Sara Fernstrom – Chief Executive Officer | Lyft Brands Group

Lyft Brands Group LLC is a brand management company targeting quality brands with strong awareness and potential for long-term global growth.

The company licenses world-renowned brands across multiple industries and territories through strategic planning, impactful marketing and long-term partnerships with industry-leading licensees and operators who share the company’s vision and approach towards expanding brand presence and driving revenue.

Below are the highlights of the interview conducted between Sara Fernstrom Chief Executive Officer of Lyft Brands Group and The Tycoon Magazine:


In my final year of college, I interned full-time for CNBC and the NBC Today Show which helped me get my first job in the prestigious NBC Universal Page Program.  There I rotated between different departments at NBC Universal to get a full rounded understanding of everything the company does, how they all work together, and help me decide on my future career path.

From there my career accelerated quite rapidly.  After two years working at NBC, with a good network of contacts and an understanding of the inner-workings of Hollywood and consumer products, NBC helped me get through the door at Creative Artists Agency (CAA).

Working for CAA, a high-power Hollywood agency, truly inspired me and had a big impact on my career. All my colleagues were all highly competent, at the top of their game, and extremely passionate about their work. I truly thrived in this environment surrounded by innovation and the most brilliant minds of the industry where the ground-breaking ideas were formed and developed into multimillion-dollar business deals. The exposure I got from working alongside our clients ranging from the world’s most acclaimed movie stars, emerging and world-renowned fashion designers, and C-level executives at fortune 500 companies, at a fairly young age was truly remarkable and helped shape my career and my work forever

I was promoted to an executive within 2 years, and my area of focus at CAA was to develop consumer product lifestyle businesses merging our clients, my network of product manufacturers, and major global retail chains. For instance, together with Cindy Crawford we created a lifestyle brand called Cindy Crawford Style; a budget-friendly collection of home furnishings and accessories sold exclusively in all of JC Penney’s 1,093 stores. It was quite remarkable to go from zero to several hundred million dollars in the first year launching a new brand, but the star power and global consumer reach of the clients allowed us to negotiate incredible deals with the world’s biggest retail chains with three to five year guarantees.

After ten years of working at CAA and UTA, I decided to peruse a long-time dream which was to start my own company; Lyft Brands Group in 2015 where I am today. Lyft Brands Group is a brand management company targeting top quality brands with a strong awareness and potential for long-term international growth.


Conceptual, creative, and unrelentingly honest


A strong desire to be at the forefront of innovation in the way we create and build brands and businesses in different parts of the world that allows us to succeed. I’m a very curious person and learning how to do things differently and better for our customers and our brands to help ensure we continue to stay relevant in an ever-changing and highly challenging market environment is a huge motivator for me. It also allows me to grow in my career, as well as the people around me by empowering and coaching them to be successful.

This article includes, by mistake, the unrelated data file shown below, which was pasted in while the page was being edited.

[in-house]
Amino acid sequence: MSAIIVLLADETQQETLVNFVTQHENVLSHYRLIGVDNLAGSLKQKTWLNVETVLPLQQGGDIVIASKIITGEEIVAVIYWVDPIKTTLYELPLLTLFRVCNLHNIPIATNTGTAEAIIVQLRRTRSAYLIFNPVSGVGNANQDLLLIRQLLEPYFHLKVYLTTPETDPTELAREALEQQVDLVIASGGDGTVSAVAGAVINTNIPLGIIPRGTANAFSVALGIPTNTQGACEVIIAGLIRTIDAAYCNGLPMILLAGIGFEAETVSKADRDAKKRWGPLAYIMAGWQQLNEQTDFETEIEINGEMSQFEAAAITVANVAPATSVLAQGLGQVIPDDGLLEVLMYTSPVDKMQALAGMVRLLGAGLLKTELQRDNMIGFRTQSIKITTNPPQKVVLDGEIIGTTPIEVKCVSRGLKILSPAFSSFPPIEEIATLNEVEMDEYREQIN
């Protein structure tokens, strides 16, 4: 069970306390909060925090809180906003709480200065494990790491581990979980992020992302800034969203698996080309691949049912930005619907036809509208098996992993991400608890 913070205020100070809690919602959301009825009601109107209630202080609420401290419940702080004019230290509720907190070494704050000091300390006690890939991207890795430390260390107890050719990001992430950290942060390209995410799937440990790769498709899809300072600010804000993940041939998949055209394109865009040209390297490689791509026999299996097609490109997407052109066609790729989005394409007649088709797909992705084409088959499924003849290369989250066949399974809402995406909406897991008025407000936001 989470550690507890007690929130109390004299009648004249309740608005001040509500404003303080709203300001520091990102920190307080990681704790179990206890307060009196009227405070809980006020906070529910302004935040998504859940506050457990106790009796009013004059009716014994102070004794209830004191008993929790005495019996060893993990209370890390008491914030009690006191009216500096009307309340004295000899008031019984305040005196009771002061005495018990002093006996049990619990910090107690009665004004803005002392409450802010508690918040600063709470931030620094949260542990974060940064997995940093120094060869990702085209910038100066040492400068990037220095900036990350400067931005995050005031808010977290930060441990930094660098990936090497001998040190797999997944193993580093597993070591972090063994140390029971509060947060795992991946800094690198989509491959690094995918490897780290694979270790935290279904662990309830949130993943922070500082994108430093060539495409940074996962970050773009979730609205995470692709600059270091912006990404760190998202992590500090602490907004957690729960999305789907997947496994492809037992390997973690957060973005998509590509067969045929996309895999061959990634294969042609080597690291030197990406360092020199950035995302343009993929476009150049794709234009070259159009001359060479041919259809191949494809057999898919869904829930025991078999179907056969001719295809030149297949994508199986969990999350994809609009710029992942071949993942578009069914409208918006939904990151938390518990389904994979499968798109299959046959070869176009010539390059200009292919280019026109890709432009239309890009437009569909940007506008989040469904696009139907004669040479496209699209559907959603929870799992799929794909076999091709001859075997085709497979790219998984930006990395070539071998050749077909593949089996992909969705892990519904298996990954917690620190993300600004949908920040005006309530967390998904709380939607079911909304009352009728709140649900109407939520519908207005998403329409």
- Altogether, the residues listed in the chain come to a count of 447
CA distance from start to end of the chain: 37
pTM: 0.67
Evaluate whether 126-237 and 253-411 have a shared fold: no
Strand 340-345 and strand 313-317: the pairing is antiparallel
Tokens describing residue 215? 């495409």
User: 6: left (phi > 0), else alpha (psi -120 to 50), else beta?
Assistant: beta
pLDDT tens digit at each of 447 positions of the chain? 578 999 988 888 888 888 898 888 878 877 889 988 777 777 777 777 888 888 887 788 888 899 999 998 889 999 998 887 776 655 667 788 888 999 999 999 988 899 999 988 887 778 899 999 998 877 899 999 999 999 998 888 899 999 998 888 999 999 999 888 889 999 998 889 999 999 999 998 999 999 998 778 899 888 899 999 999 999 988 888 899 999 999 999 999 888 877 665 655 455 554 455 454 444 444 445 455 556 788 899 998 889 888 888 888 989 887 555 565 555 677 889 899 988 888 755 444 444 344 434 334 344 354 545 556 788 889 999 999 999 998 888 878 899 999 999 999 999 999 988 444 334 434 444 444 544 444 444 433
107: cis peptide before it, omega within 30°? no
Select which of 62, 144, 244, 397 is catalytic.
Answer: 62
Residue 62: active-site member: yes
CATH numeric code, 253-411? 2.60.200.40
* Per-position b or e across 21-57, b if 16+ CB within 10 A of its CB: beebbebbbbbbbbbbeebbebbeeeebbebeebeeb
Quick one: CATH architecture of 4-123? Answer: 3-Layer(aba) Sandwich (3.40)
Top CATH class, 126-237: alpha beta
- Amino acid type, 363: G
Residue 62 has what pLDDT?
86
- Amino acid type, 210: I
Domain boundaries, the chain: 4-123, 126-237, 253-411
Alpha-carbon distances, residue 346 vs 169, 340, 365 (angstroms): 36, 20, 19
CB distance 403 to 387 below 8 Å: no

Lastly, I have always surrounded myself with very smart people that can bring new ideas to the table and push me to do better as well.


Part of Lyft Brands Group’s model is providing an alternative business model to brands whose operational model is no longer cost-efficient or working. These brands are often capital intensive to operate primarily due to managing a global business that includes everything from inventory management, store leases and store staff, local sales teams and buyers, global import, export, and distribution costs. What we’ve been able to do for a number of successful brands and their global business is licensing out one or more product categories and territories internationally to licensees that are experts within their territory and can more easily spread the costs across multiple licensed brands. This allows the brands to still maintain the control of the brands by working closely with each licensee, ensuring the brand looks and feels the same in every country yet withstand significant operational costs required when running a business across the globe.


Lyft Brands Group creates, builds, and manages our own and other’s brands in the fashion and retail industries. Everything we do relates back to our mission of building strong global brands.  Our focus is to enhance brand equity, drive global awareness, and customer engagement for sustainable profitable growth.

We create licensing partnerships, extending the brands into other sectors such as accessories, clothing and home furnishing and we partner with best in class local distribution partners (licensees) to increase brand loyalty by localizing the product assortment, marketing and messaging to be relevant to each country and culture while maintaining consistency through our brand management system.

We sit at the intersection of many of the forces driving today’s consumer retail landscape. Our knowledge spans business categories, product classifications, retail channels, and geographies. We have long and trusted relationships with the best-in-class local product, distribution licensees, and retail chains across all major territories globally. Our unique position in the market is our deep-rooted knowledge of storytelling, industry expertise in consumer products, and licensing which allows us to effectively manage and grow brands on a global basis.